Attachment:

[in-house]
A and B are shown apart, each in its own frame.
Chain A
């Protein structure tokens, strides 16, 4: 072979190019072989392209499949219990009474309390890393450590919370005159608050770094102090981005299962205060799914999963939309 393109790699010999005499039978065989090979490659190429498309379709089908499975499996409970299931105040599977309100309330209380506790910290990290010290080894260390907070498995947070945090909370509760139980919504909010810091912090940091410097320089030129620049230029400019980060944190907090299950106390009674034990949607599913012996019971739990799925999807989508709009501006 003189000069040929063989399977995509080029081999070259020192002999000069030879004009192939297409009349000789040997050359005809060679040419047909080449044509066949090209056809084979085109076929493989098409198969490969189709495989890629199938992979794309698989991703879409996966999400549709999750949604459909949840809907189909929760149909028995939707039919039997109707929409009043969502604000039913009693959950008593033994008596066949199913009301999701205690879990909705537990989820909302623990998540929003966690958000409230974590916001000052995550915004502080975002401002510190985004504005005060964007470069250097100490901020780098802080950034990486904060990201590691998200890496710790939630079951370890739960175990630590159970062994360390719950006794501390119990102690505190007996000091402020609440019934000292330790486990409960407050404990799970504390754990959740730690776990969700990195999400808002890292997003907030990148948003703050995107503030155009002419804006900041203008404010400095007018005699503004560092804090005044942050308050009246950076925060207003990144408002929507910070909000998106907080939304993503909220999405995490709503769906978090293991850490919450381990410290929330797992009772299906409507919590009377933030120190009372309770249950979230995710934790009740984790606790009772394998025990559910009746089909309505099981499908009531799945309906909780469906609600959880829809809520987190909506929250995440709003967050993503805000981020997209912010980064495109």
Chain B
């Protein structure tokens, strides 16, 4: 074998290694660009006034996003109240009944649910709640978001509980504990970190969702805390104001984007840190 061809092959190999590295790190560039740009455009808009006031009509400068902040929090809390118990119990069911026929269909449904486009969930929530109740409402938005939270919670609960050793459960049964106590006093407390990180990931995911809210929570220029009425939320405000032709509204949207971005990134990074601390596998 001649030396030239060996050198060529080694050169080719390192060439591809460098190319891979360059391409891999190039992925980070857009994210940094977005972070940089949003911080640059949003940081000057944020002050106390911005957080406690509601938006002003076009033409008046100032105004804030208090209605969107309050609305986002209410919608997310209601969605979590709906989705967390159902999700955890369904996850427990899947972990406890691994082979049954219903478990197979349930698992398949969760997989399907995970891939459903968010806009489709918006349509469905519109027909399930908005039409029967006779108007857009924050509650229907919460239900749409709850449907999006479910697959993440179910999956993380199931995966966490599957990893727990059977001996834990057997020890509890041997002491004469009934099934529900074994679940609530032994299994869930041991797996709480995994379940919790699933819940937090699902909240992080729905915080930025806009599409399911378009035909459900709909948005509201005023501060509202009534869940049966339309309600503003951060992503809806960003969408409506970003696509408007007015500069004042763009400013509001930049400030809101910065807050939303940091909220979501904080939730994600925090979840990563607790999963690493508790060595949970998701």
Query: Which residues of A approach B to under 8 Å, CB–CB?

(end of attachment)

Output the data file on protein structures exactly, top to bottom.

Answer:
[in-house]
A and B are shown apart, each in its own frame.
Chain A
């Protein structure tokens, strides 16, 4: 072979190019072989392209499949219990009474309390890393450590919370005159608050770094102090981005299962205060799914999963939309 393109790699010999005499039978065989090979490659190429498309379709089908499975499996409970299931105040599977309100309330209380506790910290990290010290080894260390907070498995947070945090909370509760139980919504909010810091912090940091410097320089030129620049230029400019980060944190907090299950106390009674034990949607599913012996019971739990799925999807989508709009501006 003189000069040929063989399977995509080029081999070259020192002999000069030879004009192939297409009349000789040997050359005809060679040419047909080449044509066949090209056809084979085109076929493989098409198969490969189709495989890629199938992979794309698989991703879409996966999400549709999750949604459909949840809907189909929760149909028995939707039919039997109707929409009043969502604000039913009693959950008593033994008596066949199913009301999701205690879990909705537990989820909302623990998540929003966690958000409230974590916001000052995550915004502080975002401002510190985004504005005060964007470069250097100490901020780098802080950034990486904060990201590691998200890496710790939630079951370890739960175990630590159970062994360390719950006794501390119990102690505190007996000091402020609440019934000292330790486990409960407050404990799970504390754990959740730690776990969700990195999400808002890292997003907030990148948003703050995107503030155009002419804006900041203008404010400095007018005699503004560092804090005044942050308050009246950076925060207003990144408002929507910070909000998106907080939304993503909220999405995490709503769906978090293991850490919450381990410290929330797992009772299906409507919590009377933030120190009372309770249950979230995710934790009740984790606790009772394998025990559910009746089909309505099981499908009531799945309906909780469906609600959880829809809520987190909506929250995440709003967050993503805000981020997209912010980064495109």
Chain B
């Protein structure tokens, strides 16, 4: 074998290694660009006034996003109240009944649910709640978001509980504990970190969702805390104001984007840190 061809092959190999590295790190560039740009455009808009006031009509400068902040929090809390118990119990069911026929269909449904486009969930929530109740409402938005939270919670609960050793459960049964106590006093407390990180990931995911809210929570220029009425939320405000032709509204949207971005990134990074601390596998 001649030396030239060996050198060529080694050169080719390192060439591809460098190319891979360059391409891999190039992925980070857009994210940094977005972070940089949003911080640059949003940081000057944020002050106390911005957080406690509601938006002003076009033409008046100032105004804030208090209605969107309050609305986002209410919608997310209601969605979590709906989705967390159902999700955890369904996850427990899947972990406890691994082979049954219903478990197979349930698992398949969760997989399907995970891939459903968010806009489709918006349509469905519109027909399930908005039409029967006779108007857009924050509650229907919460239900749409709850449907999006479910697959993440179910999956993380199931995966966490599957990893727990059977001996834990057997020890509890041997002491004469009934099934529900074994679940609530032994299994869930041991797996709480995994379940919790699933819940937090699902909240992080729905915080930025806009599409399911378009035909459900709909948005509201005023501060509202009534869940049966339309309600503003951060992503809806960003969408409506970003696509408007007015500069004042763009400013509001930049400030809101910065807050939303940091909220979501904080939730994600925090979840990563607790999963690493508790060595949970998701």
Query: Which residues of A approach B to under 8 Å, CB–CB?